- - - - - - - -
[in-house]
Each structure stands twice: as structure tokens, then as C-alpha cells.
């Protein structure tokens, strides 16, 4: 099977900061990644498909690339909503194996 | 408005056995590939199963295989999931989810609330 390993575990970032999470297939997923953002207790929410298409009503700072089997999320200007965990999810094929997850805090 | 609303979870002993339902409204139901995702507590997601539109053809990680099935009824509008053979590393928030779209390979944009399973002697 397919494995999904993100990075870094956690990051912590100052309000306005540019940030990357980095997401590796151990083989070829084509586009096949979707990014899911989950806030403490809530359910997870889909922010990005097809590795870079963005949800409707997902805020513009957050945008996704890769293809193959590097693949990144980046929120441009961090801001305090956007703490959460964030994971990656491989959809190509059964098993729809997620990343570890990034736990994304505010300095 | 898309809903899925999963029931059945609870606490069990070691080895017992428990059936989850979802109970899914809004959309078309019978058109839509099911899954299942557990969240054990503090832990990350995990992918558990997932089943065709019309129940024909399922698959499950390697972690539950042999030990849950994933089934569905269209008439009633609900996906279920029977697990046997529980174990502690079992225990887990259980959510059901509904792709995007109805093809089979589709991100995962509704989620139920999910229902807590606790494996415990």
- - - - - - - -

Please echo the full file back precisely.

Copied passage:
[in-house]
Each structure stands twice: as structure tokens, then as C-alpha cells.
């Protein structure tokens, strides 16, 4: 099977900061990644498909690339909503194996 | 408005056995590939199963295989999931989810609330 390993575990970032999470297939997923953002207790929410298409009503700072089997999320200007965990999810094929997850805090 | 609303979870002993339902409204139901995702507590997601539109053809990680099935009824509008053979590393928030779209390979944009399973002697 397919494995999904993100990075870094956690990051912590100052309000306005540019940030990357980095997401590796151990083989070829084509586009096949979707990014899911989950806030403490809530359910997870889909922010990005097809590795870079963005949800409707997902805020513009957050945008996704890769293809193959590097693949990144980046929120441009961090801001305090956007703490959460964030994971990656491989959809190509059964098993729809997620990343570890990034736990994304505010300095 | 898309809903899925999963029931059945609870606490069990070691080895017992428990059936989850979802109970899914809004959309078309019978058109839509099911899954299942557990969240054990503090832990990350995990992918558990997932089943065709019309129940024909399922698959499950390697972690539950042999030990849950994933089934569905269209008439009633609900996906279920029977697990046997529980174990502690079992225990887990259980959510059901509904792709995007109805093809089979589709991100995962509704989620139920999910229902807590606790494996415990």